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Sep 12 2003 / Aaron

Reunions, Proposals, and Bears! Oh My!

So there are a LOT of new things to report on since my last update. Christine and I went on a trip in August to Vancouver Island. We started with a wonderful visit at a family reunion (on my mother’s side). It was a smashing good time. My uncle rented a cabin on Shawinigan Lake and we got to swim and eat and eat and eat a lot. We had a talent show night which was also a lot of fun. When it was my turn I dropped dah bomb on everyone by getting up and proposing to Christine in front of everyone. Yuppers, I’m so sorry ladies, but I am engaged. That caused a great deal of hoopla, and everyone started leaping around hugging and crying. I’m typically not a very romantic guy most of the time, so I like to save all my romance points up for a long time and then unleash them in a fury of scalding romantitude.

Anyhoo, after the reunion we went to Victoria and visited my Grandparents who put us up in a oceanside motel with a grand view of the harbour. The next day my dad drove us up to Jordan River and we started a hike of the Juan de Fuca trail. I had been hoping this trail would be a lot easier than the West Coast Trail, so that Christine would enjoy it. As it turned out, this trail is pretty damned greuling as well. It wasn’t nearly as muddy, but there was very little beach hiking, and the ups and downs through the rain forest were a slog. Our second day was quite the adventure. It was a measly ‘eleven kilometers’. Of course, these kilometers are not normal kilometers. It took us 8 hours of hiking to finish that day. Each kilometer consisted of a series of switchbacks up a few hundred meters, and then back down into a valley to cross a stream or river. Repeat ad naseum. At about the half-way point we ran into a solo hiker, Jeff, who was retreating back down the trail to find us. He had just run into a black bear and knew we were close behind. Together, we walked back up the trail and found the bear just sitting there by the trail. It wasn’t acting agressive, but it wasn’t showing any signs of fear towards us and it certainly didn’t care to move from its comfortable spot (it was reclined against a tree).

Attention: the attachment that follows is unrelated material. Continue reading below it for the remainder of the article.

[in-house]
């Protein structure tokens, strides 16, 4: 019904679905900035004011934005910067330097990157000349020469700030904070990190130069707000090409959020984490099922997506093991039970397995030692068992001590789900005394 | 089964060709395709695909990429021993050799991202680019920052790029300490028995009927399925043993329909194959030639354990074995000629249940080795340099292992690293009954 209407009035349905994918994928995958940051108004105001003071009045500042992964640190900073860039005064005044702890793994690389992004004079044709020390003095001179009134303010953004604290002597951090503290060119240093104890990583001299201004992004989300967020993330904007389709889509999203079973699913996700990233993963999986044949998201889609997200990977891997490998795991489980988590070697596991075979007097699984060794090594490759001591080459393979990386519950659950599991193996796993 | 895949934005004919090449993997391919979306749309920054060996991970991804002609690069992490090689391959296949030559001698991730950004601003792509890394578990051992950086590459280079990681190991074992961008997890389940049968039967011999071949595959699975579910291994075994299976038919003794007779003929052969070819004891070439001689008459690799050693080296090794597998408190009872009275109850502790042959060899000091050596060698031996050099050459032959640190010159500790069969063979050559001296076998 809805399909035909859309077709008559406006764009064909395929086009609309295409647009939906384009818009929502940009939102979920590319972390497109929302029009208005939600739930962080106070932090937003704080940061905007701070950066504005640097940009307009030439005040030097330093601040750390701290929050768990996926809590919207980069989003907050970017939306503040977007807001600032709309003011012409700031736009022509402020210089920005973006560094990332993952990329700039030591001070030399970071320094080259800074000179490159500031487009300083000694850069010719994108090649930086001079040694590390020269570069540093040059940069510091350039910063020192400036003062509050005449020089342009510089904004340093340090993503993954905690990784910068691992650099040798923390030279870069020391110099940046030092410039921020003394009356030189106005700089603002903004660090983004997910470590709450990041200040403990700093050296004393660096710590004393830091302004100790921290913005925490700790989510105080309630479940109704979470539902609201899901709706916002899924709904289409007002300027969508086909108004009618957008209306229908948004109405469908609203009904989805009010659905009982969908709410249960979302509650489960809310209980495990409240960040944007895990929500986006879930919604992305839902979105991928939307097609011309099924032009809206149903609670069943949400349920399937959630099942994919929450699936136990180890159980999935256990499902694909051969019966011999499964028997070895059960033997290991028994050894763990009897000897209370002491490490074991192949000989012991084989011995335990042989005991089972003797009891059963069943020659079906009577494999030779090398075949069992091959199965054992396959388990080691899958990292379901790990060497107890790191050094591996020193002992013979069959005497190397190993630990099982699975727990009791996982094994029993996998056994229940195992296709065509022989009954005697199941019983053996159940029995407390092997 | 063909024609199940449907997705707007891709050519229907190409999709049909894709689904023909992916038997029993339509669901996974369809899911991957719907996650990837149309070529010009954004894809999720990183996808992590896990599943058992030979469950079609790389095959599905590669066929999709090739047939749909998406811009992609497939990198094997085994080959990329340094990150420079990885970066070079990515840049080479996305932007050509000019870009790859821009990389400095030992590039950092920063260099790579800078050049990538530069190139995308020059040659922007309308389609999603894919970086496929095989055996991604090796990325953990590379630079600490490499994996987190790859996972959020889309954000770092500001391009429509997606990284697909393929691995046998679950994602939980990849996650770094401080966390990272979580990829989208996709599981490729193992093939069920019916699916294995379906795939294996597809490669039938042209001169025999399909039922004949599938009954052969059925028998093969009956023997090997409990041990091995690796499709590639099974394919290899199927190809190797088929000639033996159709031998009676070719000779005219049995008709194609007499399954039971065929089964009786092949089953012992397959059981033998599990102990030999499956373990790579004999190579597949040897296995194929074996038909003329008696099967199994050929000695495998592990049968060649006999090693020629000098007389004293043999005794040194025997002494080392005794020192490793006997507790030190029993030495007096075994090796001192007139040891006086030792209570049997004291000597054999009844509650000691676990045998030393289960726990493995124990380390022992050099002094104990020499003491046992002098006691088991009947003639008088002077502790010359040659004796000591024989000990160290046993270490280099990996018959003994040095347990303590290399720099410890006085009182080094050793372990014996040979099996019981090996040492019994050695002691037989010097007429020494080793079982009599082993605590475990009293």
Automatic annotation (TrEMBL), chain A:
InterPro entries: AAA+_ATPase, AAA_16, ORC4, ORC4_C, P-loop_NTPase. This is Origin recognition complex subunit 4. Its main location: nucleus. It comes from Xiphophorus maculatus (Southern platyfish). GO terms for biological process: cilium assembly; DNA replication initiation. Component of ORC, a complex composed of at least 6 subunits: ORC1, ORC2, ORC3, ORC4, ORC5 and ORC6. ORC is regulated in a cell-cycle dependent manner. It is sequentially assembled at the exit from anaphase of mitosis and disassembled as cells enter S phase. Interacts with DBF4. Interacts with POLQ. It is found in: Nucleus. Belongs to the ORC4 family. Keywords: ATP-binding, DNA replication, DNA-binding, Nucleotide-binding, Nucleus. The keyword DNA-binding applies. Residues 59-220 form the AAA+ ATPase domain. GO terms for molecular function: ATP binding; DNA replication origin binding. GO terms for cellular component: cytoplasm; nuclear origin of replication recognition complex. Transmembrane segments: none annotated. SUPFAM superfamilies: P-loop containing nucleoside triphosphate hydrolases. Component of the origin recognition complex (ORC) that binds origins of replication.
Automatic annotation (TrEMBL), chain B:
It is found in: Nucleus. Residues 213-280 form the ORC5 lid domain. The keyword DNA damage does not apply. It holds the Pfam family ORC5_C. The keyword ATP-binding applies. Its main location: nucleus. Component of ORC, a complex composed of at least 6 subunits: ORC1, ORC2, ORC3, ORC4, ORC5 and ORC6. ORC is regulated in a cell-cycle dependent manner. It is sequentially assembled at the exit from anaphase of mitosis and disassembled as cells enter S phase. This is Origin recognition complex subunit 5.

We decided to bushwack around the bear. This turned out to be extremely difficult. Off the trail it was a meter or more of rotting forest debris covering everything. It was slow pickings, and treacherous terrain. Besides the foresty type obstacle course, the terrain consists of high amplitude hills and valleys, and impenetrable portions of brush and water channels. At one point I stepped on a rotting log and disturbed a wasp which proceeded to sting the bejeezuz out of my ankle. Later, Christine took a spill down a hill and snapped off one of her hiking poles, and she got scratched up pretty good too. It took us an hour and a half to walk about 200 meters past the bear. Once we found the trail again (which was not an easy task), we slogged more of the same awful ups and downs for hours. At one point Christine sunk into some mud past her knees. It took both Jeff & I to pull her out. She was not a happy camper. We reached the campsite just as the sun was setting and had just enough twilight left to pitch the tent.

The next day we hiked again with Jeff, on what was luckily a much shorter day (3 or 4 hours of hiking). Jeff was extremely fun to hike with. He was one of those super-nice, super-well rounded, super-experienced type guys. It seems he had worked a half-dozen totally different carreers, and tried just about every hobby there is. Needless to say, we had a lot of good conversations to pass the time while hiking. The next campsite had a gorgeous beach, and we arrived early enough in the day to relax on the beach and enjoy the sun. Someone tipped us off about a secret waterfall. We hiked two minutes up from a little brook running out of the forest and down to the ocean. We climbed over big fallen trees and roots and through the creek, into what progressively became a large narrow canyon. The walls were about 40 feet high and covered in lush green moss. The canyon was no more than 2 meters wide, so the effect was stunning. At the end was a breathtaking waterfall and beneath it, shallow pool. We took turns showering in the abso-freezing-lutley frigid waterfall. It was nice to wash the sweat and grime off.

The next day, the eternally kind Jeff offered to drive us back to Victoria, so we took him up on his generous offer and did just that. What a nice dude. We spent the next two days hanging out in Victoria, shopping, sightseeing and visiting with relatives.

And that’s all I have to say about that.

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